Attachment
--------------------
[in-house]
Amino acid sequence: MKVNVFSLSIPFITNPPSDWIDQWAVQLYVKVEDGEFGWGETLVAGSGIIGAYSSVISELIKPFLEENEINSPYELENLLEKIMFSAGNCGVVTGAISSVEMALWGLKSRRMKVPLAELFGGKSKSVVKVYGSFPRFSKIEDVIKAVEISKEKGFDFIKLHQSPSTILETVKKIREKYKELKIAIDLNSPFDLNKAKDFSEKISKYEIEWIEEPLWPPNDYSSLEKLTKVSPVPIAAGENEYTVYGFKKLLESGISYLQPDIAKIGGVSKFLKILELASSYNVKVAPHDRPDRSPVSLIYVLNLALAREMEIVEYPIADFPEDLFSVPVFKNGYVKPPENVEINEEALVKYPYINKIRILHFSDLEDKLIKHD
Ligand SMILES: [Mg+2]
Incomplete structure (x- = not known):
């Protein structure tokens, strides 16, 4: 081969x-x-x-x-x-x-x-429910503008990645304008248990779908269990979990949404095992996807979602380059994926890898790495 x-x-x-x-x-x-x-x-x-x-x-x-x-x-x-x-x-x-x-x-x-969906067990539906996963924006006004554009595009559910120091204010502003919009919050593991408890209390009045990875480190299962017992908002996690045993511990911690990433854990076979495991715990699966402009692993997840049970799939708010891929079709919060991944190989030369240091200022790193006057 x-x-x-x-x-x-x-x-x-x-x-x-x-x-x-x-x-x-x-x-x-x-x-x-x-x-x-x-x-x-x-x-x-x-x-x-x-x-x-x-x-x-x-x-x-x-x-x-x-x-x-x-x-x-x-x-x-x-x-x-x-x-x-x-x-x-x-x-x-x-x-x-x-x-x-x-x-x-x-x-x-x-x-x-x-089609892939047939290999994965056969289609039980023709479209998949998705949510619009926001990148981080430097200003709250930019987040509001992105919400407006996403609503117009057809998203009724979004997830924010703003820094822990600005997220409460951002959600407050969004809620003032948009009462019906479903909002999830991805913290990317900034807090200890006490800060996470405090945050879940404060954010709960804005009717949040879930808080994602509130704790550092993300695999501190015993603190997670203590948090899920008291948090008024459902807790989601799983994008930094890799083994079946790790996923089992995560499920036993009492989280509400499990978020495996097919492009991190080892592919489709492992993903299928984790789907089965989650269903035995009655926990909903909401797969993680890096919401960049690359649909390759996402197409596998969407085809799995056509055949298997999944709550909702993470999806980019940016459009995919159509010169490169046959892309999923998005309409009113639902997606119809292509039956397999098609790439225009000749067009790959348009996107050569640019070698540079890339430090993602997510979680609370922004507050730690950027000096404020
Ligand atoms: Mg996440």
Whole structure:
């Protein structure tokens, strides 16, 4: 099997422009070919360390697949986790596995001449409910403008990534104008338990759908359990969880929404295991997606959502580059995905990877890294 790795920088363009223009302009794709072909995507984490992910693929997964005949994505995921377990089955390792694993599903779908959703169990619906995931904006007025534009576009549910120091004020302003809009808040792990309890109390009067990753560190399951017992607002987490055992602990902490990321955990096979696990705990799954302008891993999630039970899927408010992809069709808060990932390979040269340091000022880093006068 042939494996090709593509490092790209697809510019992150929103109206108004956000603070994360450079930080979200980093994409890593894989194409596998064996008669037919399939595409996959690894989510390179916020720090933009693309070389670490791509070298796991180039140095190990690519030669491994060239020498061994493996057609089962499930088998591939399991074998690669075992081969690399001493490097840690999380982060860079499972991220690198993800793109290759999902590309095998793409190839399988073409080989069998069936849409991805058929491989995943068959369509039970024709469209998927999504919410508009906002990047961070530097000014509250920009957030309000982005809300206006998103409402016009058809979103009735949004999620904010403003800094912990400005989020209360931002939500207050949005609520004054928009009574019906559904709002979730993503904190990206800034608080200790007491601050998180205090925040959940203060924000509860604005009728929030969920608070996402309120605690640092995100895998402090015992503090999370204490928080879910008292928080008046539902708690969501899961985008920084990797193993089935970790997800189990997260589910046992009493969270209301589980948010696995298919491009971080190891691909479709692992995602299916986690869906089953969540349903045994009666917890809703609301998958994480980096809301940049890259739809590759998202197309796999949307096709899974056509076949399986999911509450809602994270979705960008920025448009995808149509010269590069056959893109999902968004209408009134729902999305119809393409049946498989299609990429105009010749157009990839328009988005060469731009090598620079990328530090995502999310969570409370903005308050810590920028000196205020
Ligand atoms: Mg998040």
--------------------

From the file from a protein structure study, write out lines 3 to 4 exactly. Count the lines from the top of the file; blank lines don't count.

Ligand SMILES: [Mg+2]
Incomplete structure (x- = not known):